Zofran Birth Defects
Scores of Zofran birth defects lawsuits have been filed in U.S. courts on behalf of children who were born with heart malformations, cleft lip and cleft palate, kidney defects and other congenital abnormalities, allegedly due to their mother’s use of Zofran during the first trimester of pregnancy. These lawsuits site a number of recent studies that suggest pre-natal exposure to Zofran increases the risk for birth defects.
Zofran Birth Defects Investigation
The nationwide law firm of Bernstein Liebhard LLP is now investigating legal claims involving the potential for Zofran to cause birth defects. If you believe your baby was harmed by this medication, please contact our Firm today, at (888) 994-5118 to learn more about your legal options.
Zofran Litigation News
- December 2015: The federal Zofran litigation convenes its first Status Conference on December 16th. A day later, it issues a series of orders including one that will allow plaintiffs to file cases directly in the District of Massachusetts. The Plaintiffs Steering Committee is also established. Read More
- December 2015: Zofran cases involving birth defects continue to mount, with hundreds of claims pending in court around the country. A recent case filed in Alabama federal court blames Zofran for the atrial septal defect suffered by the plaintiffs’ son. The federal multidistrict underway in Massachusetts is scheduled to hold its next status conference on December 15th. Read More
- October 2015: The U.S. Judicial Panel on Multidistrict Litigation (JPML) has established a centralized proceeding for all federally-filed Zofran birth defects lawsuits in the U.S. District Court, District of Massachusetts. An Order dated October 13th indicates that 12 Zofran cases were initially transferred to the new litigation. However, more than 40 additional cases currently pending in federal courts around the country are likely to be transferred there, as will any Zofran birth defects claims filed in federal courts in the future. Read More
- September 2015: The JPML indicates that it will hear Oral Arguments regarding the creation of a new multidistrict litigation for all federally-filed Zofran lawsuits at its October 1st Hearing Session. While GlaxoSmithKline and plaintiffs both favor centralization of the Zofran birth defects docket, there is disagreement as to venue. Glaxo has asked the JPML to locate the proceeding in the U.S. District Court, Eastern District of Pennsylvania, which is central to its U.S. operations. However, plaintiffs have suggested a number of other federal courts for the litigation. Read More
- February 2015: Zofran lawsuits have begun to mount in U.S. courts. One of the first was filed on February 12th in the U.S. District Court, Eastern District of Pennsylvania, by a woman who claims that Zofran was responsible for heart defects suffered by both of her children. Just four days later, a second Zofran heart defects case is filed in the U.S. District Court, District of Massachusetts, by a woman who alleges that pre-natal Zofran exposure caused her daughter to develop congenital heart problems and other abnormalities. Read More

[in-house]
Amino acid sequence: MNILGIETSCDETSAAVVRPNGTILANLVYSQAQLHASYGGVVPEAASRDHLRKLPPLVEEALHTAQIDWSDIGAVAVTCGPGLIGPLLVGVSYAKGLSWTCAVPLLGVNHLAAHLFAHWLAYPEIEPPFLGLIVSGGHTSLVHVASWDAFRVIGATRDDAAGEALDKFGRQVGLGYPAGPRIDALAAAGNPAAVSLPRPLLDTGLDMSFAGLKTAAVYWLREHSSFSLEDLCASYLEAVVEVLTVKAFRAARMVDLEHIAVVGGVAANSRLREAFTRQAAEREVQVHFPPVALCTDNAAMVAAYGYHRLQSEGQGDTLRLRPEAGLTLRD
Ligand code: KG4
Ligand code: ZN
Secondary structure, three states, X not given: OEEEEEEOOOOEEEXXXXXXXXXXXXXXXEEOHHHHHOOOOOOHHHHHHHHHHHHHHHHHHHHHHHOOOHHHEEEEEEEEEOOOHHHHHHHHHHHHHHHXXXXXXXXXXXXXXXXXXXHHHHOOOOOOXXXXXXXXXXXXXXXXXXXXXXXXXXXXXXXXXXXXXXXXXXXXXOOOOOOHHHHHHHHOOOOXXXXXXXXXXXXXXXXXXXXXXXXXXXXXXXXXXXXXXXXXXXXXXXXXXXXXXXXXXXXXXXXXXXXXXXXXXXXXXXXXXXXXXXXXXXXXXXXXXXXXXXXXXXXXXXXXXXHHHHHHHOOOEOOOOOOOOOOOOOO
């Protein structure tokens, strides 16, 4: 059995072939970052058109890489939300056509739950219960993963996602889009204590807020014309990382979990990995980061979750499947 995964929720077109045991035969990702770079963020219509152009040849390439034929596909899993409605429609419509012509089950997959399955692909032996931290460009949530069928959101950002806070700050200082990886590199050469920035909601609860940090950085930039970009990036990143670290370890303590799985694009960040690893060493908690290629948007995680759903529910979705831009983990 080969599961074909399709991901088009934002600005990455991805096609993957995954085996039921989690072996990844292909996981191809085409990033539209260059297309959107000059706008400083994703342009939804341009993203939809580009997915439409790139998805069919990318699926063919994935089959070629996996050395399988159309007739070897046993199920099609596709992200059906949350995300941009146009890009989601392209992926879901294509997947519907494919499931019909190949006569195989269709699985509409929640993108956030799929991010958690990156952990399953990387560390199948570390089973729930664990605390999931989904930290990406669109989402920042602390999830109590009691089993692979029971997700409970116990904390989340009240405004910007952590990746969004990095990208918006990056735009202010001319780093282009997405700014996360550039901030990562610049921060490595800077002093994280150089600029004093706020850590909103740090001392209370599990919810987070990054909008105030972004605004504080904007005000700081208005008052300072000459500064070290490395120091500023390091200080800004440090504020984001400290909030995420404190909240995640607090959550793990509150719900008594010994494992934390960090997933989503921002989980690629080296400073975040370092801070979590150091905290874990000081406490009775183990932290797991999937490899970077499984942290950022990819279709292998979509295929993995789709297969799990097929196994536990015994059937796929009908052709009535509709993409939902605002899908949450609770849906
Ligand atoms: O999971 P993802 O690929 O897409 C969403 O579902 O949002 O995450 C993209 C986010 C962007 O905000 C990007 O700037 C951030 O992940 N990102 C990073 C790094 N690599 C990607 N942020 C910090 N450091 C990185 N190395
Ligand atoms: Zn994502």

Zofran and Birth Defects
Zofran is an anti-nausea medication marketed by GlaxoSmithKline that is currently approved to treat nausea and vomiting related to surgery and certain cancer treatments. The drug has never been approved by the U.S. Food & Drug Administration (FDA) to treat morning sickness, but a 2014 analysis that appeared in the American Journal of Obstetrics and Gynecology suggested that as many as one million U.S. women annually have been prescribed Zofran or a generic equivalent for this off-label indication.
The FDA has placed Zofran in Pregnancy Category B, which indicates that its impact on a developing pregnancy has not been well-studied. In recent years, however, some research has suggested that Zofran might be associated with an increased risk of birth defects if taken by an expectant mother during the first trimester of pregnancy.
- 2006: A paper entitled Placental Transfer of Ondansetron During Early Human Pregnancy concludes that the active ingredient in Zofran readily crosses the placental barrier during the first trimester of pregnancy. The authors of the study examined 41 patients who were prescribed the drug before their pregnancies were terminated during the first trimester. Zofran was found in all 41 fetal samples.
- November 2011: A study appearing in Birth Defects Research linked Zofran to a 2.4-fold increased risk of cleft palate.
- January 2012: Research that looked at data from the National Birth Defects Prevention Study found that Zofran use during the first trimester of pregnancy was associated with a 2.37-fold increase in the incidence of oral clefts, such as cleft lip and cleft palate.
- 2013: A study that drew data from 900,000 pregnancies included in a Danish health registry concluded that women who took Zofran during the first trimester were 30% more likely to have a baby with a major birth defect. The study also concluded that the drug was associated with a 2-fold increased risks of major cardiac malformations.
- December 2014: Research appearing in Reproductive Toxicology found that pre-natal exposure to Zofran was associated with double the risk of septal heart defects, including atrial septal defects and ventricular septal defects.
Zofran Legal Help
Bernstein Liebhard LLP is now offering free, no-obligation legal reviews to alleged victims of Zofran birth defects, including:
To obtain the legal help you need, please contact our office at (888) 994-5118.
Last Modified: January 6, 2016